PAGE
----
What to do when an employee wants to work from home
It’s a modern day business conundrum: your employees demand better work-life balance and the law says you must prioritise flexible working arrangements. But from a business owner’s point of view much of what you need done is probably best done onsite and in the office. If the idea of leaving your employee to their own devices seems daunting, don’t worry. Recent research from Stanford University found that letting employees work from home made them happier, less likely to quit and more productive (not least because they tended to suffer from fewer distractions when away from the office). However, if you want these benefits, you need to go about it the right way. Here’s how.
Ask yourself whether it’s going to work
Let’s face it, working from home isn’t the right option for every person every time.
Sometimes that’s because the requirements of the role demand the person be in the office. Sometimes that’s because they don’t really have the kind of environment at home that encourages work to get done (distractions from family or housemates). And sometimes, let’s face it, that’s down to person themselves and their approach to their work. So before you grant permission, here are some things to consider:
1. Is the employee the right ‘fit’ to work from home? In other words, do they demonstrate initiative and interest in maintaining contact with their team and other people they regularly work with? Do they make it easy for people to reach them? Are they flexible too? After all, flexibility works both ways.
2. Does the role generally involve face-to-face interaction with your clients and, if so, can this be done remotely?
3. Does the role generally require a large amount of teamwork and daily face-to-face contact with other employees?
Don’t worry if your employees need to meet face to face for team-work, creative projects or to develop innovations, technology often makes this is all possible. However, success depends on setting good ground rules around expectations at the outset.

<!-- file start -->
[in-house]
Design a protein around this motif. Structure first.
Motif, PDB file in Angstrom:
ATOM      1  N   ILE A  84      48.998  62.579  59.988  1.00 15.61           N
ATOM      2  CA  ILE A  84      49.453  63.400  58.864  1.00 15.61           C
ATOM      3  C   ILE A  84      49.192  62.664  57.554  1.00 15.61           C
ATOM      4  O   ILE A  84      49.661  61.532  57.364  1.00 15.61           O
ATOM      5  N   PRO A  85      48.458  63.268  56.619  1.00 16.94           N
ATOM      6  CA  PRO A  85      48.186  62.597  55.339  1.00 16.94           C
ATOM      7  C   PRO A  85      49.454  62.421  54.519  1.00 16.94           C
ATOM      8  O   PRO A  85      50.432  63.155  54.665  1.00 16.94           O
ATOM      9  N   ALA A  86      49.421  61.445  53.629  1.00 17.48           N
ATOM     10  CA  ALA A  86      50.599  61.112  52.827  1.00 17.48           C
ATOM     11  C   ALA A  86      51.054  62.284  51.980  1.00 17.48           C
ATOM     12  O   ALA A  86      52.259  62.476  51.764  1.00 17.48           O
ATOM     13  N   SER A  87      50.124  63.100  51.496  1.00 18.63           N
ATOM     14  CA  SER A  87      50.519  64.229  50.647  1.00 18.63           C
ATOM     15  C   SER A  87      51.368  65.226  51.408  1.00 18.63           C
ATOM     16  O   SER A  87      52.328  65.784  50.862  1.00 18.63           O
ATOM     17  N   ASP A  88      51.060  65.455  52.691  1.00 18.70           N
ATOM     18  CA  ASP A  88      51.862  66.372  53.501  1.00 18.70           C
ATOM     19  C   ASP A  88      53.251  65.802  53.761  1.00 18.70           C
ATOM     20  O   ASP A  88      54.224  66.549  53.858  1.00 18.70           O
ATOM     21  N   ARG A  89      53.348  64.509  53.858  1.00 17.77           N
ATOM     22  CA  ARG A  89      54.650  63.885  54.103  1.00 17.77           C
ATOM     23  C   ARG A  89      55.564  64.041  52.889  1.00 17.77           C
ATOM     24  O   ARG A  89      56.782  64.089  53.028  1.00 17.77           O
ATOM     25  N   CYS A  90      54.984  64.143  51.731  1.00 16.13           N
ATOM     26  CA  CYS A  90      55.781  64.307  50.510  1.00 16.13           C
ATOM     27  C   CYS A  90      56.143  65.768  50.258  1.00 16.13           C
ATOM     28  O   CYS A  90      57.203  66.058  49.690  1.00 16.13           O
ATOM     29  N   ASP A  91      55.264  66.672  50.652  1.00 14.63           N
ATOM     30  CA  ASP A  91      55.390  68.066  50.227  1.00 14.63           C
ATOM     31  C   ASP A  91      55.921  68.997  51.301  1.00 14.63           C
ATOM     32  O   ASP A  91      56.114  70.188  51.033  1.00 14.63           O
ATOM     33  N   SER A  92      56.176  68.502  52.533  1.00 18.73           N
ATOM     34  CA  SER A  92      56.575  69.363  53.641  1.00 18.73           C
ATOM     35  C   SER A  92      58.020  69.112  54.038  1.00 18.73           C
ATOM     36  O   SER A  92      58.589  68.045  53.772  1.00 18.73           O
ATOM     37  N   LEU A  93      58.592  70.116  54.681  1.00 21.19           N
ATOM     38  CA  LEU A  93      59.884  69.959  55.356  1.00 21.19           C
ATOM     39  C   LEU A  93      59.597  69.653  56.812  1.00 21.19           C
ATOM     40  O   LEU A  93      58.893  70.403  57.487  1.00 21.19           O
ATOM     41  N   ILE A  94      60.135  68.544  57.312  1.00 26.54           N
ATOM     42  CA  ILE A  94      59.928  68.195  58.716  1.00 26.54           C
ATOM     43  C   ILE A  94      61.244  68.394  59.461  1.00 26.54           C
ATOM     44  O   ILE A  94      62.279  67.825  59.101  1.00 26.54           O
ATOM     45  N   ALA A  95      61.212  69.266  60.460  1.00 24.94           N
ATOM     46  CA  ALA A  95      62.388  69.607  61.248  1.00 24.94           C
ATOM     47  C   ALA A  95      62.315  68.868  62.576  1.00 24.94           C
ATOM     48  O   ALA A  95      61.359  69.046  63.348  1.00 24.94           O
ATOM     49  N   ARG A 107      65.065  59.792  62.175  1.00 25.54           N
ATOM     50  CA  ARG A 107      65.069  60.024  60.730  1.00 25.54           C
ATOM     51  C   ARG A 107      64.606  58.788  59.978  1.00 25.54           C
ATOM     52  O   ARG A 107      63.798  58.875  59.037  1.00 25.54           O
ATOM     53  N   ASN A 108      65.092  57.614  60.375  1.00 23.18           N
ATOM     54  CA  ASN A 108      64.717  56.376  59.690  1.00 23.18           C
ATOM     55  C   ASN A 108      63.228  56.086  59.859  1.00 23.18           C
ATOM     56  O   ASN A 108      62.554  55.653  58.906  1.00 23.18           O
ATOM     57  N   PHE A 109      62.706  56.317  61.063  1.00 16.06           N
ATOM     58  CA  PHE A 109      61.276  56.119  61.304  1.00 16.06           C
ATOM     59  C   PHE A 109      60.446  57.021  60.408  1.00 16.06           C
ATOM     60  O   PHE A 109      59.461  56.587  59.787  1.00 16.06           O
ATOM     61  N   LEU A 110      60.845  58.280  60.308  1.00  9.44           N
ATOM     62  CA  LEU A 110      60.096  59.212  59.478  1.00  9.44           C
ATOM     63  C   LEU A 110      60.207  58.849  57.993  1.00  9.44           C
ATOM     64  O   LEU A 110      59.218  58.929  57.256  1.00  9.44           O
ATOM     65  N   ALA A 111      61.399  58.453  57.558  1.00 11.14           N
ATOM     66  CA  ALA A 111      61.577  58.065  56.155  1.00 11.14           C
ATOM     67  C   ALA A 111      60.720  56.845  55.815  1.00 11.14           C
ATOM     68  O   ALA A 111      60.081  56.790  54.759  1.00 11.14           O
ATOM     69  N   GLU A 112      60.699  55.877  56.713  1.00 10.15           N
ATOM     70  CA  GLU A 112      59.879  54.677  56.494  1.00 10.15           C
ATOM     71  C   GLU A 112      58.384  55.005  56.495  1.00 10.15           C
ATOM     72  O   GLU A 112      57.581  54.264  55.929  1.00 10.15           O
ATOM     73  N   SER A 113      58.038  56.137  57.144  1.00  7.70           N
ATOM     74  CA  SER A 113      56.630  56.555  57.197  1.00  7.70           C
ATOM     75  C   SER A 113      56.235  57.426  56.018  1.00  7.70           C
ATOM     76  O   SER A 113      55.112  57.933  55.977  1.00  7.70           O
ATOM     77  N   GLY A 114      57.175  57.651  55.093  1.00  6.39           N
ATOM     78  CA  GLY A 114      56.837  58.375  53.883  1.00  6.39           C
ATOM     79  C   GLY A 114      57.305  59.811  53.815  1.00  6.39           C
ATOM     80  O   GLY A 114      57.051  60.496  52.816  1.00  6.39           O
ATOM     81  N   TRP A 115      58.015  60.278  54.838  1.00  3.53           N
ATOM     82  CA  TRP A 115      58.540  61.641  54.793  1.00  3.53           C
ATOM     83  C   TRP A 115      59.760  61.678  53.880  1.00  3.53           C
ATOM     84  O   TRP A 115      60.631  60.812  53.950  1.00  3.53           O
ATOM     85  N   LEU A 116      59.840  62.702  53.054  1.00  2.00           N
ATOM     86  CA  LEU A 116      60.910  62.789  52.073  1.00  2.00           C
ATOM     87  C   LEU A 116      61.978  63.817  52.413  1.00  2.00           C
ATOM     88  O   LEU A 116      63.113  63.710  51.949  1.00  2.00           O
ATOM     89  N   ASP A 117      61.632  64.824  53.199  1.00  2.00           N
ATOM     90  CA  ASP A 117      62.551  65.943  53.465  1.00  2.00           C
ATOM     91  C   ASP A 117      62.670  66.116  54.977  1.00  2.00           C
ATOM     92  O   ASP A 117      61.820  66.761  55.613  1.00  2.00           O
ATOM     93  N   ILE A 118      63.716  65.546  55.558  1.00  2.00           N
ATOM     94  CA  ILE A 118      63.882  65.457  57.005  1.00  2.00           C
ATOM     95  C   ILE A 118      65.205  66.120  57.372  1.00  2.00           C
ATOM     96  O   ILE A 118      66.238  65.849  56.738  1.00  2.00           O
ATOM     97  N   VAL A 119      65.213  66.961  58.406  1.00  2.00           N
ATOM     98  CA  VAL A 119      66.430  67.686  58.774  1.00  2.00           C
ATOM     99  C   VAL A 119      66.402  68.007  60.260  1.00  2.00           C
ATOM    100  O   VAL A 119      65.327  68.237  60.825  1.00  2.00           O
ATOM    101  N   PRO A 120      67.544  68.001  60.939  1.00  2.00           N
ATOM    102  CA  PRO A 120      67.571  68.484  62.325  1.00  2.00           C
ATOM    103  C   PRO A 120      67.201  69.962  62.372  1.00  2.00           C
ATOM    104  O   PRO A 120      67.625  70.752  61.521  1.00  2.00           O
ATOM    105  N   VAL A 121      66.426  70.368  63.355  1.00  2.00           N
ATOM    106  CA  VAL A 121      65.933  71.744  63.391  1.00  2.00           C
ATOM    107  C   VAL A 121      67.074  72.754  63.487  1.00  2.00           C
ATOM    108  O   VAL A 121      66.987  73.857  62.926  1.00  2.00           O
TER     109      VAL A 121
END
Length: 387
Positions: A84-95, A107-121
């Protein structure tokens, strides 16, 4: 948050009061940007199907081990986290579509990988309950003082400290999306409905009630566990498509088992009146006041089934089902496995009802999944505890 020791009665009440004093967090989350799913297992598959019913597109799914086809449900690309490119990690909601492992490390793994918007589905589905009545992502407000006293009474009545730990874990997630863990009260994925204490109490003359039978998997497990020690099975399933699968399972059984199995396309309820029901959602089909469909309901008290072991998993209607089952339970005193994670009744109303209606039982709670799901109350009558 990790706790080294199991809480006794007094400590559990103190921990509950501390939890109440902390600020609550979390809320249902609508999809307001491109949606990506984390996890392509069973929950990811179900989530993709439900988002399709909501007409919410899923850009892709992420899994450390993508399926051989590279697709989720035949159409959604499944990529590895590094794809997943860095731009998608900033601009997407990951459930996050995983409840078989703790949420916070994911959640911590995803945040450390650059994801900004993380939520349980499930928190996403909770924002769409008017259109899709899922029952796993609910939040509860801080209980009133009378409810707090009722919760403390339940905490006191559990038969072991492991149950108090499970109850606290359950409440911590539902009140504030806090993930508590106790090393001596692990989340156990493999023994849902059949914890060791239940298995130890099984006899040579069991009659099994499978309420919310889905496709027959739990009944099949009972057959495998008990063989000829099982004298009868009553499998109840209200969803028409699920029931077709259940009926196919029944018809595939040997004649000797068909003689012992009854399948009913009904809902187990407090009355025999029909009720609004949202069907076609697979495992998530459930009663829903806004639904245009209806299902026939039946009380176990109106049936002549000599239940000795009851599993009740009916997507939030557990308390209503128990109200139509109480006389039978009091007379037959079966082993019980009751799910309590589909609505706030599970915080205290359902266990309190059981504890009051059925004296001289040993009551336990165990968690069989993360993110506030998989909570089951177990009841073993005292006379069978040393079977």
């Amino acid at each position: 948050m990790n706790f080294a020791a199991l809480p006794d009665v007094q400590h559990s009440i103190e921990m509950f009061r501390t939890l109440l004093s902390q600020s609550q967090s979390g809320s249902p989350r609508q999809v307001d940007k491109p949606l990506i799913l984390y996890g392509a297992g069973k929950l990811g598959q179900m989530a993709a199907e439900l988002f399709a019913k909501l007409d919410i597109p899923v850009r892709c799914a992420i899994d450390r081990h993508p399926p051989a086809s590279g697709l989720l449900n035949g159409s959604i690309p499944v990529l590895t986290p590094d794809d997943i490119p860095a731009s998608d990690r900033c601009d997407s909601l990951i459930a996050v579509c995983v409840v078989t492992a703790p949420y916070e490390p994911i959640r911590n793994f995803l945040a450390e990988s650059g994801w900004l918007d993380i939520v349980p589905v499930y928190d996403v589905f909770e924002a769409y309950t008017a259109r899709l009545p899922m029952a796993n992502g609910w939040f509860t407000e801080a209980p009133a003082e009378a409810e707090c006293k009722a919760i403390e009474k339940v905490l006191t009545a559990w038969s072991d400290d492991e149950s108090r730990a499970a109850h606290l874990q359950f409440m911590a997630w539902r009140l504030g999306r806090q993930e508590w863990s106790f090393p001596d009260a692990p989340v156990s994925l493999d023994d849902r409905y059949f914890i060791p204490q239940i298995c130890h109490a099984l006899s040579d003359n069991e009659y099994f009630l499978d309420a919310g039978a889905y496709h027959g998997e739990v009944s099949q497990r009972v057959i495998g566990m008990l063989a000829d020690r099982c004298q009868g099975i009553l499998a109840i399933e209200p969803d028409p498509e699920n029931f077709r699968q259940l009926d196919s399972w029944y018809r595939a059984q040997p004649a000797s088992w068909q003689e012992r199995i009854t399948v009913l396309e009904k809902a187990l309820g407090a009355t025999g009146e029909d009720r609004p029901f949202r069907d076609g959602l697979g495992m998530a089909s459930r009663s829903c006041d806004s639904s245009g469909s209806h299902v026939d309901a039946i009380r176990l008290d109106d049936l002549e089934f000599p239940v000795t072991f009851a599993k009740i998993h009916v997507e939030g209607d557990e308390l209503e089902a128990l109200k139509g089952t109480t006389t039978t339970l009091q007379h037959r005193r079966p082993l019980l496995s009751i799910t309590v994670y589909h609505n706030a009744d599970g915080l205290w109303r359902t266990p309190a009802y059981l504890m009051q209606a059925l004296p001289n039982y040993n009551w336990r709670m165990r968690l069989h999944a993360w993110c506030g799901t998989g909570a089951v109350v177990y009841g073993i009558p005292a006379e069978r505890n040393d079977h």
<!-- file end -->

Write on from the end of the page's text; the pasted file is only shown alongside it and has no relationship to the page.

The risks of working from home
Next, it’s important to remember that letting your employees turn their home into a workplace brings risks too. First, there’s the physical Work Health and Safety issues to consider. If your employee injures themselves while working from home, it counts as a workplace incident. Your workers compensation insurance should cover this, but you can't always count on it. At a minimum you’ll need to initiate a Working From Home Checklist process.
You also have an obligation to consider your employee’s mental wellbeing, which can get tricky given that they won’t be visible. One way to minimise this risk of their mental health deteriorating is to consider having regular office days, where your employee has to come into work. These check-ins can also provide the employee with much-needed social interaction – something that many workers don’t value until it’s gone.
It’s always been a matter of trust
Perhaps most importantly, an effective working from home arrangement needs trust.
You need to be confident that your employee does not discover a new-found freedom during normal work hours - one which means they either fail to get through their workload or they need to start working seven days a week to keep up with it.
You should be able to email and call at any time during the agreed hours and get a response within a few minutes. That’s not to say they shouldn’t get the same breaks and pauses they’d be entitled to in your office. Rather, encourage your people to communicate openly – if they are out to the bank or post office or meeting a friend for lunch they should feel comfortable saying this and advising you when they will be back.
You also want to be confident that no other distractions are keeping their attention away from the main game. One way to ensure this is to make sure your policy clearly states that employees cannot carry our childcare or other carer responsibilities during their normal working hours.
Making this clear will benefit your employee as well as you. After all, they don’t need the stress of juggling conflicting responsibilities either.
And, finally, talk it out...
Working from home works best when the lines of communication are open.
So before you agree to anything, make sure your employee can clearly articulate their reasons for wanting flexibility. You also need to be able to clearly articulate your expectations, so they know where they stand and what’s expected of them.
If you do, you may well have a loyal, happy and engaged employee for years to come.